Oral Hypoglycemics


Published on

Bachelor of Pharmacy , PharmD , M.Pharm Course Material

No Downloads
Total views
On SlideShare
From Embeds
Number of Embeds
Embeds 0
No embeds

No notes for slide

Oral Hypoglycemics

  1. 1. Hypoglycemic Agents By: Dr. Amit G. Nerkar, B.Pharm, CDD, M.Pharm (Medi.Chem), PhD Asst. Prof in Pharma.and Medicinal Chemistry, Smt. Kashibai Navale College Of Pharmacy, Kondhwa (BK), Pune-48
  2. 2. Hyperglycemia ≥ 7.0 (≥126) ≥ 11.1 (≥200) Diabetes mellitus <7.0 (<126) ≥ 7.8 (≥140) Impaired glucose tolerance ≥ 6.1(≥110) & <7.0(<126) <7.8 (<140) Impaired fasting glycaemia <6.1 (<110) <7.8 (<140) Normal mmol/l(mg/dl) mmol/l(mg/dl) Fasting glucose 2 hour glucose Condition 1999 WHO Diabetes criteria [10]
  3. 3. Microscopic structure of Pancreas
  4. 4. Microscopic Structure of Pancreas <ul><li>The islets of Langerhans are the regions of the pancreas that contain its endocrine (i.e., hormone-producing) cells. Discovered in 1869 by German pathological anatomist Paul Langerhans at the age of 22, the islets of Langerhans constitute approximately 1 to 2% of the mass of the pancreas. There are about one million islets in a healthy adult human pancreas, which are distributed throughout the organ; their combined mass is 1 to 1.5 grams. </li></ul>
  5. 5. Microscopic Structure of Pancreas <ul><li>Cell types </li></ul><ul><li>Hormones produced in the islets of Langerhans are secreted directly into the blood flow by (at least) five different types of cells. In rat islets, endocrine cell subsets are distributed as follows: [1] </li></ul><ul><li>Alpha cells producing glucagon (15-20% of total islet cells) </li></ul><ul><li>Beta cells producing insulin and amylin (65-80%) </li></ul><ul><li>Delta cells producing somatostatin (3-10%) </li></ul><ul><li>PP cells producing pancreatic polypeptide (3-5%) </li></ul><ul><li>Epsilon cells producing ghrelin (<1%) </li></ul><ul><li>It has been recognized that the cytoarchitecture of pancreatic islets differs between species.In particular, while rodent islets are characterized by a predominant proportion of insulin-producing beta cells in the core of the cluster and by scarse alpha, delta and PP cells in the periphery, human islets display alpha and beta cells in close relationship with each other throughout the cluster. </li></ul><ul><li>Islets can influence each other through paracrine and autocrine communication, and beta cells are coupled electrically to other beta cells (but not to other cell types). </li></ul>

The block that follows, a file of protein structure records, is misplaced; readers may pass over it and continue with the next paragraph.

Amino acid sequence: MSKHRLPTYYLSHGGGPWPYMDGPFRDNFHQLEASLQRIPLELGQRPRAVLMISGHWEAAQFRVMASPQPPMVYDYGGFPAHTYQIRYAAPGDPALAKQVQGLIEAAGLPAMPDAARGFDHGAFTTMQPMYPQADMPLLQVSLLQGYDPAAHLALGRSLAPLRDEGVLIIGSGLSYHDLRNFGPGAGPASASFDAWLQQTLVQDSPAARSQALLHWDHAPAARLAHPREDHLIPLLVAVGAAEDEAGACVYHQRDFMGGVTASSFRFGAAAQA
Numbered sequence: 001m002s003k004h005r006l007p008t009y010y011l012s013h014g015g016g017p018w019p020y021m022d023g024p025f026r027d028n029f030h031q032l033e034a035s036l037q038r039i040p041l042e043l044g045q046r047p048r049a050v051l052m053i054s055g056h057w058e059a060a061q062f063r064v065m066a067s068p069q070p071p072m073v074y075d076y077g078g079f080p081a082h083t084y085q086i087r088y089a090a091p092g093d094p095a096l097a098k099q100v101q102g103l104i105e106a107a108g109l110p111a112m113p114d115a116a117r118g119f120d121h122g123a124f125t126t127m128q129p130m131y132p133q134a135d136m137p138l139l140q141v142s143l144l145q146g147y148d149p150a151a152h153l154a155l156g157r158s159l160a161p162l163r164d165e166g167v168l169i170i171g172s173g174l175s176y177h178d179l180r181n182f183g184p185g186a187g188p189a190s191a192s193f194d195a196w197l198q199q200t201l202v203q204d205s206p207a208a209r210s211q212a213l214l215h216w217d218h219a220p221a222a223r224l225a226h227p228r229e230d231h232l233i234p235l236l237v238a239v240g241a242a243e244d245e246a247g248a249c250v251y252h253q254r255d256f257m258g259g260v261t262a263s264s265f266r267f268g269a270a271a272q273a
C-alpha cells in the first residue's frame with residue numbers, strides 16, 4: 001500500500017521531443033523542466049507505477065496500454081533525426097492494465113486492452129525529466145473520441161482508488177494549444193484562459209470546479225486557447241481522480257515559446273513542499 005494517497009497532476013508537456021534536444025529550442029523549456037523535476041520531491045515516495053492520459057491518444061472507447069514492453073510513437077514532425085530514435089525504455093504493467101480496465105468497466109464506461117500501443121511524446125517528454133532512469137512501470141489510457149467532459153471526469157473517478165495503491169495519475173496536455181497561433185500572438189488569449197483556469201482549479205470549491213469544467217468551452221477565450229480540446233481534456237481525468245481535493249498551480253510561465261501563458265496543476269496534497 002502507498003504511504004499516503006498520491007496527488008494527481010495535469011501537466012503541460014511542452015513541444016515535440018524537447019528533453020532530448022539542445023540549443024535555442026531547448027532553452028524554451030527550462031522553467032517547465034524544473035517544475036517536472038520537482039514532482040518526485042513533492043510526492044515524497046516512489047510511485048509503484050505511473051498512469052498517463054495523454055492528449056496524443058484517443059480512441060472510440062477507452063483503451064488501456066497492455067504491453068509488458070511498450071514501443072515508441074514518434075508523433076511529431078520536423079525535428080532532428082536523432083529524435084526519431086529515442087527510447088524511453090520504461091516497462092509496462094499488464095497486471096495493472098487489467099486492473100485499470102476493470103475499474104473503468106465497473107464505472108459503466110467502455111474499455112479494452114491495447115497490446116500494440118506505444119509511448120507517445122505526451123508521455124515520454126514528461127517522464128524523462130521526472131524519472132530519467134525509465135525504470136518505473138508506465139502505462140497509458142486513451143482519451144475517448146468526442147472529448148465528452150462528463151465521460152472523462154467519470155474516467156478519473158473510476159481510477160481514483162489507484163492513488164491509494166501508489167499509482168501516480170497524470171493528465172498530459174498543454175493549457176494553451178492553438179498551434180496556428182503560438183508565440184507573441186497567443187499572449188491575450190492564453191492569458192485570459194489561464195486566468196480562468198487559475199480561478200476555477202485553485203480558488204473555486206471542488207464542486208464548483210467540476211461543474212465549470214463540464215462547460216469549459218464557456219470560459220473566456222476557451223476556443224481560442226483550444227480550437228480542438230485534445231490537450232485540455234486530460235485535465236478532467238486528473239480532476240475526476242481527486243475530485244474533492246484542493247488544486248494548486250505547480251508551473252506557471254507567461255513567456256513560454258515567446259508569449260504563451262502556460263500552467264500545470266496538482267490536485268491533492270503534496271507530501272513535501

6. 6. Paracrine Feedback <ul><li>Paracrine feedback </li></ul><ul><li>The paracrine feedback system of the islets of Langerhans has the following structure: [5] </li></ul><ul><li>Insulin: activates beta cells and inhibits alpha cells </li></ul><ul><li>Glucagon: activates alpha cells which activates beta cells and delta cells </li></ul><ul><li>Somatostatin: inhibits alpha cells and beta cells </li></ul>
  7. 7. Interconversion of Carbohydrate, Protein and Fat
  8. 9. DIABETES Cardiovascular disease Diabetic comas :    •  Diabetic hypoglycemia    •  Diabetic ketoacidosis    •  Nonketotic hyperosmolar Diabetic myonecrosis Diabetic nephropathy Diabetic neuropathy Diabetic retinopathy Diabetes and pregnancy Complications Diabetic diet Anti-diabetic drugs Insulin therapy Glossary of diabetes Diabetes management Blood sugar Glycosylated hemoglobin Glucose tolerance test Fructosamine Blood tests Prediabetes :    •  Impaired fasting glycaemia    •  Impaired glucose tolerance Diabetes mellitus type 1 Diabetes mellitus type 2 Gestational diabetes Types of diabetes Diabetes mellitus Related articles